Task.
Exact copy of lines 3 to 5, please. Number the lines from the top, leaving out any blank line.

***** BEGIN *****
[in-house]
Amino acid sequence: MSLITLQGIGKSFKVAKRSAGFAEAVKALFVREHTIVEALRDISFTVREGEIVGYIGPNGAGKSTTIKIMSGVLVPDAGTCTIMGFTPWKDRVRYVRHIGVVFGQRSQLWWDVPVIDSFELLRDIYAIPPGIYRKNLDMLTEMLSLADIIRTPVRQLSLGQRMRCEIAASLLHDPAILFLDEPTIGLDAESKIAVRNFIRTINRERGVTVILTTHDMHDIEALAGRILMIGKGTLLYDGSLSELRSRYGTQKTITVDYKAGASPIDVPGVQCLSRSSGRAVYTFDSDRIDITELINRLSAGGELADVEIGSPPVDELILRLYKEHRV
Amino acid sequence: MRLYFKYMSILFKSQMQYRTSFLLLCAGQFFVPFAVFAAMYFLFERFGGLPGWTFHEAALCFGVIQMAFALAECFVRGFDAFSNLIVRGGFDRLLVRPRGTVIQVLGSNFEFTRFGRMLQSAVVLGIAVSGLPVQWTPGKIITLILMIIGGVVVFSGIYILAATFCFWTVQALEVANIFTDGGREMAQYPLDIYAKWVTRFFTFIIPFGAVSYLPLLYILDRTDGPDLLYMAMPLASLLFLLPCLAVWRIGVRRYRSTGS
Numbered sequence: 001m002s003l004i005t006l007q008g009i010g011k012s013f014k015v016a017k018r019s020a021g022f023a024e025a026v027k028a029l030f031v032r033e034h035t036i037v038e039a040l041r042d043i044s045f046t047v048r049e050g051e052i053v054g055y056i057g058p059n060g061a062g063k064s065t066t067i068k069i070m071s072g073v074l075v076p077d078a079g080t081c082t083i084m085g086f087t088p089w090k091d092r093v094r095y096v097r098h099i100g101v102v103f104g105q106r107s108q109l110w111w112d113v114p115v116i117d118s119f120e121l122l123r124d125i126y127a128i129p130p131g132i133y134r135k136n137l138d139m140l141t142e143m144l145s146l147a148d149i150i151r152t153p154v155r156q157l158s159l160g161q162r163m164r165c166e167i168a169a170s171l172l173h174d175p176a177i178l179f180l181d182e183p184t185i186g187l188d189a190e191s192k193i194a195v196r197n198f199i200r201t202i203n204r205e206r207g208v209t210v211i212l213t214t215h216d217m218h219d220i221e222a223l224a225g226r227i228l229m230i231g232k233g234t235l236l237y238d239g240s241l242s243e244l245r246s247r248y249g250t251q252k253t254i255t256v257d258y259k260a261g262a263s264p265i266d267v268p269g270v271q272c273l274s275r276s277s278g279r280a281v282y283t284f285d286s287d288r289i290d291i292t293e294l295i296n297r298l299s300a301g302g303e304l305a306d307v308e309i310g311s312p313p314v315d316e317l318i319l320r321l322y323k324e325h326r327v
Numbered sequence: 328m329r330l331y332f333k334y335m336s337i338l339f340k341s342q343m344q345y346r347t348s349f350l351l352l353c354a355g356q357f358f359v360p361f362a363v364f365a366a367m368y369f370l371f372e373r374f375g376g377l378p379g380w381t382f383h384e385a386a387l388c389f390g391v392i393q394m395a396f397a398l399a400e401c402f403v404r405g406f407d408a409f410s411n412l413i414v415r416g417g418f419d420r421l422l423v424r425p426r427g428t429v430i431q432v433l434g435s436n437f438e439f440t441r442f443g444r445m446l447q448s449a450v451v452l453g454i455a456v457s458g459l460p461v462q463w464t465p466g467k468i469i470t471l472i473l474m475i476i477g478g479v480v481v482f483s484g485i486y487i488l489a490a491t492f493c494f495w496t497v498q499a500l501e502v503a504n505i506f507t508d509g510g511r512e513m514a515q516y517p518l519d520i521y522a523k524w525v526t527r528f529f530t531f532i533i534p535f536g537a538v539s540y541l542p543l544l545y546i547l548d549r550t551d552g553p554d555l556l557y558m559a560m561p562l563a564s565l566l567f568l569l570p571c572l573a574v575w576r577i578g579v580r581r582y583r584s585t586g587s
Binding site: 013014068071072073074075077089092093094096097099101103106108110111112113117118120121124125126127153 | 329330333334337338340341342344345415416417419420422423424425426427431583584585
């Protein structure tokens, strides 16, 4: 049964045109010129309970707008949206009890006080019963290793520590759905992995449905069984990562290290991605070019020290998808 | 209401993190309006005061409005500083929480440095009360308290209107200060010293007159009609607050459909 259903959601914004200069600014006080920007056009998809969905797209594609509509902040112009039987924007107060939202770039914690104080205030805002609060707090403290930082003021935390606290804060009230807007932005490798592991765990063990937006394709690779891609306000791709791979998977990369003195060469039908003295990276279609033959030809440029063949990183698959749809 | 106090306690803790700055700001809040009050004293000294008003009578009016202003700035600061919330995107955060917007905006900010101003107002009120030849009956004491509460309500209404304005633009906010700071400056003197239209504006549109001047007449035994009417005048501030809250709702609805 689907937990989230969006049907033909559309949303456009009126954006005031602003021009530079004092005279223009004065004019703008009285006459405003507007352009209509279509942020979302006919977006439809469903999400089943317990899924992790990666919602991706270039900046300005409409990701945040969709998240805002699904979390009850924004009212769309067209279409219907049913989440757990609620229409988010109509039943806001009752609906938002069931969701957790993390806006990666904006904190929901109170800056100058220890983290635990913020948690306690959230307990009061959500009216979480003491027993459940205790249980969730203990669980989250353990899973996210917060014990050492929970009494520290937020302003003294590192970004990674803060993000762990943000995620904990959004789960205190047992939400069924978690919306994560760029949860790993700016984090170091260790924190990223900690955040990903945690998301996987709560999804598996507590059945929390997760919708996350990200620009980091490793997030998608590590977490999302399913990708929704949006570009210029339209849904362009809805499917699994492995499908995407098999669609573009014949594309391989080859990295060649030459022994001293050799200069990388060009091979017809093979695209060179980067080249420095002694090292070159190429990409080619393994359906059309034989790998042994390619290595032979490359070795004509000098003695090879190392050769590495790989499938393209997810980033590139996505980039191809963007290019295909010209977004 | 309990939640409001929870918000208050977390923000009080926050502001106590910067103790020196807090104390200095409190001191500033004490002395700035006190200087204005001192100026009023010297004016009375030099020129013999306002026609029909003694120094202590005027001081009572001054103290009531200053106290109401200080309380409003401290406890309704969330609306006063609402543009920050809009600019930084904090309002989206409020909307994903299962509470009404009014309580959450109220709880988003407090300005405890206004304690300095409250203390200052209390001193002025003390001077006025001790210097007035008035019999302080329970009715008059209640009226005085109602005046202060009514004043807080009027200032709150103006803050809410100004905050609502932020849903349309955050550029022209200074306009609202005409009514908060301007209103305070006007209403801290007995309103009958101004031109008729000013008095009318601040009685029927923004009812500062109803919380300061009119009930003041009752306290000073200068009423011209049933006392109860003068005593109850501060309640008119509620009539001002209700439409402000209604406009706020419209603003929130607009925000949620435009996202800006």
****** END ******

Amino acid sequence: MRLYFKYMSILFKSQMQYRTSFLLLCAGQFFVPFAVFAAMYFLFERFGGLPGWTFHEAALCFGVIQMAFALAECFVRGFDAFSNLIVRGGFDRLLVRPRGTVIQVLGSNFEFTRFGRMLQSAVVLGIAVSGLPVQWTPGKIITLILMIIGGVVVFSGIYILAATFCFWTVQALEVANIFTDGGREMAQYPLDIYAKWVTRFFTFIIPFGAVSYLPLLYILDRTDGPDLLYMAMPLASLLFLLPCLAVWRIGVRRYRSTGS
Numbered sequence: 001m002s003l004i005t006l007q008g009i010g011k012s013f014k015v016a017k018r019s020a021g022f023a024e025a026v027k028a029l030f031v032r033e034h035t036i037v038e039a040l041r042d043i044s045f046t047v048r049e050g051e052i053v054g055y056i057g058p059n060g061a062g063k064s065t066t067i068k069i070m071s072g073v074l075v076p077d078a079g080t081c082t083i084m085g086f087t088p089w090k091d092r093v094r095y096v097r098h099i100g101v102v103f104g105q106r107s108q109l110w111w112d113v114p115v116i117d118s119f120e121l122l123r124d125i126y127a128i129p130p131g132i133y134r135k136n137l138d139m140l141t142e143m144l145s146l147a148d149i150i151r152t153p154v155r156q157l158s159l160g161q162r163m164r165c166e167i168a169a170s171l172l173h174d175p176a177i178l179f180l181d182e183p184t185i186g187l188d189a190e191s192k193i194a195v196r197n198f199i200r201t202i203n204r205e206r207g208v209t210v211i212l213t214t215h216d217m218h219d220i221e222a223l224a225g226r227i228l229m230i231g232k233g234t235l236l237y238d239g240s241l242s243e244l245r246s247r248y249g250t251q252k253t254i255t256v257d258y259k260a261g262a263s264p265i266d267v268p269g270v271q272c273l274s275r276s277s278g279r280a281v282y283t284f285d286s287d288r289i290d291i292t293e294l295i296n297r298l299s300a301g302g303e304l305a306d307v308e309i310g311s312p313p314v315d316e317l318i319l320r321l322y323k324e325h326r327v
Numbered sequence: 328m329r330l331y332f333k334y335m336s337i338l339f340k341s342q343m344q345y346r347t348s349f350l351l352l353c354a355g356q357f358f359v360p361f362a363v364f365a366a367m368y369f370l371f372e373r374f375g376g377l378p379g380w381t382f383h384e385a386a387l388c389f390g391v392i393q394m395a396f397a398l399a400e401c402f403v404r405g406f407d408a409f410s411n412l413i414v415r416g417g418f419d420r421l422l423v424r425p426r427g428t429v430i431q432v433l434g435s436n437f438e439f440t441r442f443g444r445m446l447q448s449a450v451v452l453g454i455a456v457s458g459l460p461v462q463w464t465p466g467k468i469i470t471l472i473l474m475i476i477g478g479v480v481v482f483s484g485i486y487i488l489a490a491t492f493c494f495w496t497v498q499a500l501e502v503a504n505i506f507t508d509g510g511r512e513m514a515q516y517p518l519d520i521y522a523k524w525v526t527r528f529f530t531f532i533i534p535f536g537a538v539s540y541l542p543l544l545y546i547l548d549r550t551d552g553p554d555l556l557y558m559a560m561p562l563a564s565l566l567f568l569l570p571c572l573a574v575w576r577i578g579v580r581r582y583r584s585t586g587s